Newbie pols: Stephen Hartgen


In 2005, Stephen Hartgen left the publisher’s chair at the Twin Falls Times-News. He got out just in time.

As Hartgen tells it, he left the newspaper holding stock valued at $44 per share, and promptly cashed out. Lee Enterprise stock is plummeting well below $1 this month, hovering just above the quarter range.

Perhaps Hartgen will bring his investment intuition to bear on the state, as he slips into a new chair on Jan. 12 when the Idaho Legislature convenes: Hartgen was elected to represent part of Twin Falls and Owyhee counties as the new District 23 representative.

He has already made some news, floating the idea of a bill to crack down on anonymous posters on Web sites; the suggestion raised the immediate ire of anonymous posters on internet sites. And of the state’s editorial page editors.

Hartgen is not sure if he'll introduce a bill on anonymous commenting, but he's also interested in adding internet harassment to the state's telephonic harassment statute.

Citydesk caught up with Hartgen recently at the Annex where he lamented his old paper’s softening stance on public schools, hailed the process of the state capitol renovation (he chairs the Capitol Commission) and recalled his trip to the Republican National Convention in Minneapolis earlier this year.

Hartgen said in his days at the Times-News, the paper was more conservative on education, oriented to accountability and merit pay.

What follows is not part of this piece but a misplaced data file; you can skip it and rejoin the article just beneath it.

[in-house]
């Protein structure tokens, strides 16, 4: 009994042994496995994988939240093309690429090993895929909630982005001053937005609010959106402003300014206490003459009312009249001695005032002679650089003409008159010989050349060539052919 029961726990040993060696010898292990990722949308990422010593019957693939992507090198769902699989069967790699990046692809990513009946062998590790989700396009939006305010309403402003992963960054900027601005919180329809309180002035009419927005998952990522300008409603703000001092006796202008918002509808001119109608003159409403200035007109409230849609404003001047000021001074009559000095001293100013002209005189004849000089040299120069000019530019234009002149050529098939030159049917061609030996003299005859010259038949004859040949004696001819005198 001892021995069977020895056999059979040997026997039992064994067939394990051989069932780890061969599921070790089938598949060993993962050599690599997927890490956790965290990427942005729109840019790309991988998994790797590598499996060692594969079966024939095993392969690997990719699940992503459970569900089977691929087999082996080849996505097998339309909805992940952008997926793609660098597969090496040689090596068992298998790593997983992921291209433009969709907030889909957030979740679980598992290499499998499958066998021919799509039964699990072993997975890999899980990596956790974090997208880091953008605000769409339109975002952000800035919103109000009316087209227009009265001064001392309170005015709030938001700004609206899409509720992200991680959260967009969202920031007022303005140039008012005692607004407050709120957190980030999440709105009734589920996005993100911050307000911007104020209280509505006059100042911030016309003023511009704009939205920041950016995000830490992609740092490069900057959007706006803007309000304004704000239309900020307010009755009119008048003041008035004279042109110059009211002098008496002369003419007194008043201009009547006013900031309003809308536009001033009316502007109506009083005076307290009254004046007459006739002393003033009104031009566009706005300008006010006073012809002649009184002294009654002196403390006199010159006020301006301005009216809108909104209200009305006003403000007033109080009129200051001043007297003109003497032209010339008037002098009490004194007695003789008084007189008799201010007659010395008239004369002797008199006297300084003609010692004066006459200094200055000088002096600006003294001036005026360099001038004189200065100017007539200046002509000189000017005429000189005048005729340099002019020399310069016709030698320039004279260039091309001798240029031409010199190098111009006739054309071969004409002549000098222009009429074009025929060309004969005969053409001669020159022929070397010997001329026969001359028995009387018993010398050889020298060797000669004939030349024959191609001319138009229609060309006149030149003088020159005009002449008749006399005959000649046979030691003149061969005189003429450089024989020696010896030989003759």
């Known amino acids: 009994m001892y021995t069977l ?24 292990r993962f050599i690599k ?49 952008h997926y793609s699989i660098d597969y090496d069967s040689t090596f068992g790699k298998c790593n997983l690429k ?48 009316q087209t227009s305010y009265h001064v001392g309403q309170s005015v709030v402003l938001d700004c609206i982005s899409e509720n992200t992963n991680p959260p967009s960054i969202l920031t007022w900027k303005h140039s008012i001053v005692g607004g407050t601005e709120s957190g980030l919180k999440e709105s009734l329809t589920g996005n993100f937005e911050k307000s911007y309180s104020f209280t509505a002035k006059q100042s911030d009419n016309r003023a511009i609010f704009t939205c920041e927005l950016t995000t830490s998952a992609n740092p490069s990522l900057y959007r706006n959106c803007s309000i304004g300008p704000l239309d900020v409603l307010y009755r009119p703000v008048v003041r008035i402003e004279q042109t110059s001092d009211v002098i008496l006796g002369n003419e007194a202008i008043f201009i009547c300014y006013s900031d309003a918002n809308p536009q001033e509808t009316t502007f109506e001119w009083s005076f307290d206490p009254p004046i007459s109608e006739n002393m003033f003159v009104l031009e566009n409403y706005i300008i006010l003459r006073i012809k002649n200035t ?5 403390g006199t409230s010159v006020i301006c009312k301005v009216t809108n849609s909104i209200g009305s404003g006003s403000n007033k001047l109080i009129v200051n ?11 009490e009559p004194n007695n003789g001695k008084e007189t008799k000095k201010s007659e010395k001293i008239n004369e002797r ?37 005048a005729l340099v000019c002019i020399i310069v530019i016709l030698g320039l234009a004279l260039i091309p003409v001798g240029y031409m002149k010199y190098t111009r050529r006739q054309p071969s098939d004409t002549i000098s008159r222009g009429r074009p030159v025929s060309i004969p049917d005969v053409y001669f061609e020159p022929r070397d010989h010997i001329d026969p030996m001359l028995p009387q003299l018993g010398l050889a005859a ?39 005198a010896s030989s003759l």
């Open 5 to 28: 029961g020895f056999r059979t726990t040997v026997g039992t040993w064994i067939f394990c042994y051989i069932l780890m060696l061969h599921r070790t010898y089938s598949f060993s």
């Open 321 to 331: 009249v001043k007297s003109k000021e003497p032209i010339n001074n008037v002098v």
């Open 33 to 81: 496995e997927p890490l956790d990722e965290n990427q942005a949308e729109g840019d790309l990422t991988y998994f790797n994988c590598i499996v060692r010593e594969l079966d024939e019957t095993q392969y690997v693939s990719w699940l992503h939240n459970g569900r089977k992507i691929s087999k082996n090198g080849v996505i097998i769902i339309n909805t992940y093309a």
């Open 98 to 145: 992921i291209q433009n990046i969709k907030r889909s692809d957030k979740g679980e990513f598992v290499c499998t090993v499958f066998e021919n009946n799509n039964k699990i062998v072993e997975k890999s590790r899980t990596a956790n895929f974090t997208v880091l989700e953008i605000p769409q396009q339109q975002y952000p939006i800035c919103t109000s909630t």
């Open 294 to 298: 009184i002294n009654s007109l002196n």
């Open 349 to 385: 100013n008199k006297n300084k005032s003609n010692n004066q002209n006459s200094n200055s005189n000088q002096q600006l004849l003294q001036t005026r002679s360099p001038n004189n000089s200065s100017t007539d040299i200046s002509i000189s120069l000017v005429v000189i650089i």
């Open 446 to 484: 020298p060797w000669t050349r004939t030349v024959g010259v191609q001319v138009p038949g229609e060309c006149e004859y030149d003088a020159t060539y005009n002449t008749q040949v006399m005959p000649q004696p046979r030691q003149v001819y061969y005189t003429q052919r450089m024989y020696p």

“That’s where I am philosophically,” he said. “I think we need to support education but I also think we need to scrutinize it.”

Hartgen grew up in university family in Maine and he taught journalism prior to becoming a publisher.

In July, after Rep. Bert Brackett moved up to the Senate to fill the late Sen. Tom Gannon’s spot, Gov. C. L. “Butch” Otter appointed Hartgen to Brackett’s House seat. Hartgen than ran to defend his appointment in November, winning a solid 65-35 margin against Democrat Mike Ihler.

In recent years, Hartgen has served as a business and political consultant in the Twin Falls area. Hartgen said in an interview that he considers the names of his clients a private business matter.

But according to Idaho Secretary of State expenditure records, in 2006 and 2008, Steven Hartgen & Associates did consulting work for Reps. Fred Wood, Jim Patrick, Bert Stevenson, Sharon Block and, not surprisingly, Stephen Hartgen. He was paid for advertising, media relations, advice and general campaign expenses by several of his newest colleagues.

“The clients–it’s a one time thing–it’s people that I helped, but once the campaign is over, and I would tell you that they all won, it’s not an ongoing relationship,” Hartgen told citydesk.

Along with his stock picks, it's a sign that Hartgen, at least, picks winners.

Citydesk would like to accompany this guy to Vegas for a state legislator convention sometime.

This is the first in a series on Idaho's newest class of legislators.